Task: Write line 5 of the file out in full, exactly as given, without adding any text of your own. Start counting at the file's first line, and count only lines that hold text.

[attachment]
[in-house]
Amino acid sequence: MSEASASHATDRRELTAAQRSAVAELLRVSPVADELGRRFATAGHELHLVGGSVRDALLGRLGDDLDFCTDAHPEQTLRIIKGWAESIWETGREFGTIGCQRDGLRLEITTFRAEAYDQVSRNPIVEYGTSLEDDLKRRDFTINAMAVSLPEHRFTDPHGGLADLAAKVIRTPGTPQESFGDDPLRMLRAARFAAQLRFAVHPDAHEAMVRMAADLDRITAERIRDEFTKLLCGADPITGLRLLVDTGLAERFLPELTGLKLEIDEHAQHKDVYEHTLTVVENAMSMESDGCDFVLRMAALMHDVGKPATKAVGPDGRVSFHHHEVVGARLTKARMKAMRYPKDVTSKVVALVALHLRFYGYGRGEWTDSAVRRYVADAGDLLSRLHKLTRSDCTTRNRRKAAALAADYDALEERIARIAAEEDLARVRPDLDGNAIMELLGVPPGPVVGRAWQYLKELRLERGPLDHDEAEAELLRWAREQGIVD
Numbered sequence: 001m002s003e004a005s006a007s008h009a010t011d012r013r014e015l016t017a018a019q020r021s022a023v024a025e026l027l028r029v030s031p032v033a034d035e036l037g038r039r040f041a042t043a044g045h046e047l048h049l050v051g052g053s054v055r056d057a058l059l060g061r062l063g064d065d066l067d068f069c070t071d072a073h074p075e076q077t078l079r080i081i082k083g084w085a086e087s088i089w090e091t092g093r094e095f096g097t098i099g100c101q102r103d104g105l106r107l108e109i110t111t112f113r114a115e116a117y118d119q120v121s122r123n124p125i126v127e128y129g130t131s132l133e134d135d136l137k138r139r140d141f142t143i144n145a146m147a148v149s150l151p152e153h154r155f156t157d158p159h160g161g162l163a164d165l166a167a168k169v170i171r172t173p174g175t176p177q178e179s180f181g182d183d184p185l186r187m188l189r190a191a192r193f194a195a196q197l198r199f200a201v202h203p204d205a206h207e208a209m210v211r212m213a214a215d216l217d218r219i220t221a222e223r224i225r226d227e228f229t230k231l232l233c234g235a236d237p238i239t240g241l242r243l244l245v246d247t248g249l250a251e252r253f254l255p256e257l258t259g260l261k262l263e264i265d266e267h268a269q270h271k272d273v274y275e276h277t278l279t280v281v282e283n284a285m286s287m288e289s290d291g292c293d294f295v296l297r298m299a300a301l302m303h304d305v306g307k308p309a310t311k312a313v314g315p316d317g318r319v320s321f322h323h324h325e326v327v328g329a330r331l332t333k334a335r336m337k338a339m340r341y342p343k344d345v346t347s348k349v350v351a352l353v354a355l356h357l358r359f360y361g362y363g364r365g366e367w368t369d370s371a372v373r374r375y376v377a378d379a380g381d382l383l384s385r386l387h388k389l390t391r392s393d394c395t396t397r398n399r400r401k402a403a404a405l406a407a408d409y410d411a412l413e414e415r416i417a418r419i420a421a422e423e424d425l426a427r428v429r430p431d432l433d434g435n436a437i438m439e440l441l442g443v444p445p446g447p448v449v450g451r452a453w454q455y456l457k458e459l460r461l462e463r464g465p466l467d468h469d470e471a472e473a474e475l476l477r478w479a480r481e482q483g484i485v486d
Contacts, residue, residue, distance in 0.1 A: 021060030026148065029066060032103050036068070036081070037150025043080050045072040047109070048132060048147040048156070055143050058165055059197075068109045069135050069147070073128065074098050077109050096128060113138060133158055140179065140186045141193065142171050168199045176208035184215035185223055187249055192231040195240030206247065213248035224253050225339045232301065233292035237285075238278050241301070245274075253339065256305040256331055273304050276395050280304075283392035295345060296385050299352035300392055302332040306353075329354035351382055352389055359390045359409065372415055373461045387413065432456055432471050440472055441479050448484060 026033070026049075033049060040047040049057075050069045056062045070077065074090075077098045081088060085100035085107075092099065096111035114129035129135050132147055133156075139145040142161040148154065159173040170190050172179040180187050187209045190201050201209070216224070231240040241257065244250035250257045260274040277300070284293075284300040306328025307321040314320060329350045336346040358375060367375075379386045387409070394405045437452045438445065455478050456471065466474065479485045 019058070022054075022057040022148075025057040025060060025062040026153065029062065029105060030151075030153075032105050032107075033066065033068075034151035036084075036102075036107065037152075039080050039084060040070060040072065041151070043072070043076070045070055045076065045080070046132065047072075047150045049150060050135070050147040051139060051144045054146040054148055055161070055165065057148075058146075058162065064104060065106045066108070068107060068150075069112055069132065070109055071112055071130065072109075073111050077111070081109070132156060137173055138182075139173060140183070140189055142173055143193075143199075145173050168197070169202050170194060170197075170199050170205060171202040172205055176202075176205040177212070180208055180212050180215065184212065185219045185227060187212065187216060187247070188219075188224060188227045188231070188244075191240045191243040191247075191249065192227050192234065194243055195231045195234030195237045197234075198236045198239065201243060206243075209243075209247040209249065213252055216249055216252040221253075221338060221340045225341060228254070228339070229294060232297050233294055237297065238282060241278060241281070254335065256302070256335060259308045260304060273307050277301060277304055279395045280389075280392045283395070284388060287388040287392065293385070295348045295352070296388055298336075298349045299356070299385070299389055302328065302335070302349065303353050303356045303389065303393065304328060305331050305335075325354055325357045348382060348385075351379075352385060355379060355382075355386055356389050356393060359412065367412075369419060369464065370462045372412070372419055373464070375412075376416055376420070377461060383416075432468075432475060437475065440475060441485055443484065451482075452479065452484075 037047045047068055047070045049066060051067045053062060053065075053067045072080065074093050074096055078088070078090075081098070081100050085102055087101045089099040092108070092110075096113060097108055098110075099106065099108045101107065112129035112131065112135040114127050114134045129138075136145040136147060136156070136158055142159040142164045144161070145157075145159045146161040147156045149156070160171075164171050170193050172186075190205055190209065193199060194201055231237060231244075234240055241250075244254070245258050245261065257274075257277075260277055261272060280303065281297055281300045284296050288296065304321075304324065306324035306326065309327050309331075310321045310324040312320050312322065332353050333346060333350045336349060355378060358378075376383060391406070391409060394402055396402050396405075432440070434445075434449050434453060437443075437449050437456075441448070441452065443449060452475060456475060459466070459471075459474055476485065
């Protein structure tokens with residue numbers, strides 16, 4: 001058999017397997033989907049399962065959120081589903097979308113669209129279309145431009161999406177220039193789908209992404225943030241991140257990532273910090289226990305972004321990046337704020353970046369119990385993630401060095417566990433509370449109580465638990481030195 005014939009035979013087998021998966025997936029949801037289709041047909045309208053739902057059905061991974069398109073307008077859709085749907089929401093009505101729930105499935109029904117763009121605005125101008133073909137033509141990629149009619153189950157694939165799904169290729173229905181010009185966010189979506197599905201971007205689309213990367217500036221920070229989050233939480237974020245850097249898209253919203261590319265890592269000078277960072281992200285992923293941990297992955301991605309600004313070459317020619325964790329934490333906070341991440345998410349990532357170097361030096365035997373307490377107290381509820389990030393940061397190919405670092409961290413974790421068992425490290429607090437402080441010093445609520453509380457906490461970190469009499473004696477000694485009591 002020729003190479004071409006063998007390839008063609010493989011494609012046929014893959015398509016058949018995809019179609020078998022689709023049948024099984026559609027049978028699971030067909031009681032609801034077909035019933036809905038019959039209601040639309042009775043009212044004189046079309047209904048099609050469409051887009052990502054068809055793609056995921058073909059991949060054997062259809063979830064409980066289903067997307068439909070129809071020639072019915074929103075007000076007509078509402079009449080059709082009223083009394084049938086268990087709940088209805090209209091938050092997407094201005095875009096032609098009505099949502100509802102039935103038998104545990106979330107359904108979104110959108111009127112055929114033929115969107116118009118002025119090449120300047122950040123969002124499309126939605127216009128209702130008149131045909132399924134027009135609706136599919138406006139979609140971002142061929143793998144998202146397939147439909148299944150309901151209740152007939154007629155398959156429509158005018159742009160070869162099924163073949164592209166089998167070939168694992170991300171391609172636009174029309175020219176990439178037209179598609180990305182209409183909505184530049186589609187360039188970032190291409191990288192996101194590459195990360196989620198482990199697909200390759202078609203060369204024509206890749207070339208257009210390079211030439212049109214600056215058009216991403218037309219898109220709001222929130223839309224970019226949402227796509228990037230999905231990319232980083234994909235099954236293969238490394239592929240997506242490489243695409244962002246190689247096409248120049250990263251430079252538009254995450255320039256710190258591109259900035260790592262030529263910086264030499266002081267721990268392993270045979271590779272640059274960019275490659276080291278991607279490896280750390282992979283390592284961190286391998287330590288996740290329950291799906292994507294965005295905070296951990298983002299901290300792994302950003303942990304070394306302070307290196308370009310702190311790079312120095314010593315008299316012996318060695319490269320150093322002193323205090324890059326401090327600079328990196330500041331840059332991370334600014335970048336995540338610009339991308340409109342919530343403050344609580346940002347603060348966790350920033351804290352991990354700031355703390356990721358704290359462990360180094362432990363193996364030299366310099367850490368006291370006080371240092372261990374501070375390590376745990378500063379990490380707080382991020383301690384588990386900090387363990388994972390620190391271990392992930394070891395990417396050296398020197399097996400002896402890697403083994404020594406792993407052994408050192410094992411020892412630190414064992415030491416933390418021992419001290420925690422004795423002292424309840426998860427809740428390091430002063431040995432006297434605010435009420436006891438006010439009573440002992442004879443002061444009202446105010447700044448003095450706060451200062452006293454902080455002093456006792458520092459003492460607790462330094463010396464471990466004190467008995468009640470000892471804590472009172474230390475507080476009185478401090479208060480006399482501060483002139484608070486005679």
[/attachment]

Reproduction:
């Protein structure tokens with residue numbers, strides 16, 4: 001058999017397997033989907049399962065959120081589903097979308113669209129279309145431009161999406177220039193789908209992404225943030241991140257990532273910090289226990305972004321990046337704020353970046369119990385993630401060095417566990433509370449109580465638990481030195 005014939009035979013087998021998966025997936029949801037289709041047909045309208053739902057059905061991974069398109073307008077859709085749907089929401093009505101729930105499935109029904117763009121605005125101008133073909137033509141990629149009619153189950157694939165799904169290729173229905181010009185966010189979506197599905201971007205689309213990367217500036221920070229989050233939480237974020245850097249898209253919203261590319265890592269000078277960072281992200285992923293941990297992955301991605309600004313070459317020619325964790329934490333906070341991440345998410349990532357170097361030096365035997373307490377107290381509820389990030393940061397190919405670092409961290413974790421068992425490290429607090437402080441010093445609520453509380457906490461970190469009499473004696477000694485009591 002020729003190479004071409006063998007390839008063609010493989011494609012046929014893959015398509016058949018995809019179609020078998022689709023049948024099984026559609027049978028699971030067909031009681032609801034077909035019933036809905038019959039209601040639309042009775043009212044004189046079309047209904048099609050469409051887009052990502054068809055793609056995921058073909059991949060054997062259809063979830064409980066289903067997307068439909070129809071020639072019915074929103075007000076007509078509402079009449080059709082009223083009394084049938086268990087709940088209805090209209091938050092997407094201005095875009096032609098009505099949502100509802102039935103038998104545990106979330107359904108979104110959108111009127112055929114033929115969107116118009118002025119090449120300047122950040123969002124499309126939605127216009128209702130008149131045909132399924134027009135609706136599919138406006139979609140971002142061929143793998144998202146397939147439909148299944150309901151209740152007939154007629155398959156429509158005018159742009160070869162099924163073949164592209166089998167070939168694992170991300171391609172636009174029309175020219176990439178037209179598609180990305182209409183909505184530049186589609187360039188970032190291409191990288192996101194590459195990360196989620198482990199697909200390759202078609203060369204024509206890749207070339208257009210390079211030439212049109214600056215058009216991403218037309219898109220709001222929130223839309224970019226949402227796509228990037230999905231990319232980083234994909235099954236293969238490394239592929240997506242490489243695409244962002246190689247096409248120049250990263251430079252538009254995450255320039256710190258591109259900035260790592262030529263910086264030499266002081267721990268392993270045979271590779272640059274960019275490659276080291278991607279490896280750390282992979283390592284961190286391998287330590288996740290329950291799906292994507294965005295905070296951990298983002299901290300792994302950003303942990304070394306302070307290196308370009310702190311790079312120095314010593315008299316012996318060695319490269320150093322002193323205090324890059326401090327600079328990196330500041331840059332991370334600014335970048336995540338610009339991308340409109342919530343403050344609580346940002347603060348966790350920033351804290352991990354700031355703390356990721358704290359462990360180094362432990363193996364030299366310099367850490368006291370006080371240092372261990374501070375390590376745990378500063379990490380707080382991020383301690384588990386900090387363990388994972390620190391271990392992930394070891395990417396050296398020197399097996400002896402890697403083994404020594406792993407052994408050192410094992411020892412630190414064992415030491416933390418021992419001290420925690422004795423002292424309840426998860427809740428390091430002063431040995432006297434605010435009420436006891438006010439009573440002992442004879443002061444009202446105010447700044448003095450706060451200062452006293454902080455002093456006792458520092459003492460607790462330094463010396464471990466004190467008995468009640470000892471804590472009172474230390475507080476009185478401090479208060480006399482501060483002139484608070486005679």